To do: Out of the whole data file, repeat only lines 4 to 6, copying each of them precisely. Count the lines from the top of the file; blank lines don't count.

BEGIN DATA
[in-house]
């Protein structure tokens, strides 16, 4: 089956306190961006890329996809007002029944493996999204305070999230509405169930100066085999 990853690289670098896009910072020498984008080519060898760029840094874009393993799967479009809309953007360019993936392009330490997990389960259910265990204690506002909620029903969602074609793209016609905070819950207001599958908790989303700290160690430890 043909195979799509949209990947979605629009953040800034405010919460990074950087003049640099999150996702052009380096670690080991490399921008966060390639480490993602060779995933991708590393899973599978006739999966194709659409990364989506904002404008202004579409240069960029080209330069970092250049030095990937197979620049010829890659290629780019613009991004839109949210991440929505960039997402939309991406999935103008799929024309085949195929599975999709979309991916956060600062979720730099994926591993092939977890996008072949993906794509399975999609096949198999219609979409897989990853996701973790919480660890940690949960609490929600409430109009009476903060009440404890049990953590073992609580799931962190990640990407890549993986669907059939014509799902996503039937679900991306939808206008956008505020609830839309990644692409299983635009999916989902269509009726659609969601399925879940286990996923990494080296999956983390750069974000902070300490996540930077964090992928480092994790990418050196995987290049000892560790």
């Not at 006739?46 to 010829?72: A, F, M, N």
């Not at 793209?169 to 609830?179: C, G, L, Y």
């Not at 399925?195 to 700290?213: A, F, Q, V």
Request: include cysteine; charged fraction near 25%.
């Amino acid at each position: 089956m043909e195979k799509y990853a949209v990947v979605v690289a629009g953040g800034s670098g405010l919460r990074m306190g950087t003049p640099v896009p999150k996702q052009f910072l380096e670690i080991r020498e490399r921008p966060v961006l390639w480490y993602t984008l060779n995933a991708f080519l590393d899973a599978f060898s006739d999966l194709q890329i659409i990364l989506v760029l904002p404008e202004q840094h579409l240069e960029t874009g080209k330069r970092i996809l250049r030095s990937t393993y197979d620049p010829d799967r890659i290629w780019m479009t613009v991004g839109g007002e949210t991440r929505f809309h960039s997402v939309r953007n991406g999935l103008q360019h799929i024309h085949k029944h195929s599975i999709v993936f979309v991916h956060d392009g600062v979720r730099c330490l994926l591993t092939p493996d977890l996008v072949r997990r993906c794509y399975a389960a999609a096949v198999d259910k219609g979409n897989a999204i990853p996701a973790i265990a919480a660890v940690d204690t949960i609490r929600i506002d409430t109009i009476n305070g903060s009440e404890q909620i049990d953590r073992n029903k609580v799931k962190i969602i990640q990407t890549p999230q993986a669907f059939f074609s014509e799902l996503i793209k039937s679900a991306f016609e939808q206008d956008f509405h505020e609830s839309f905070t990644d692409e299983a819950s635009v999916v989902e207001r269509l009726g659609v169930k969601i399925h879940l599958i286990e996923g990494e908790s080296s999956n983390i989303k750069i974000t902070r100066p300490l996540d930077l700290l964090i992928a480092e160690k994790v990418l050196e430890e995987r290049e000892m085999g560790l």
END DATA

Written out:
């Not at 793209?169 to 609830?179: C, G, L, Y």
């Not at 399925?195 to 700290?213: A, F, Q, V």
Request: include cysteine; charged fraction near 25%.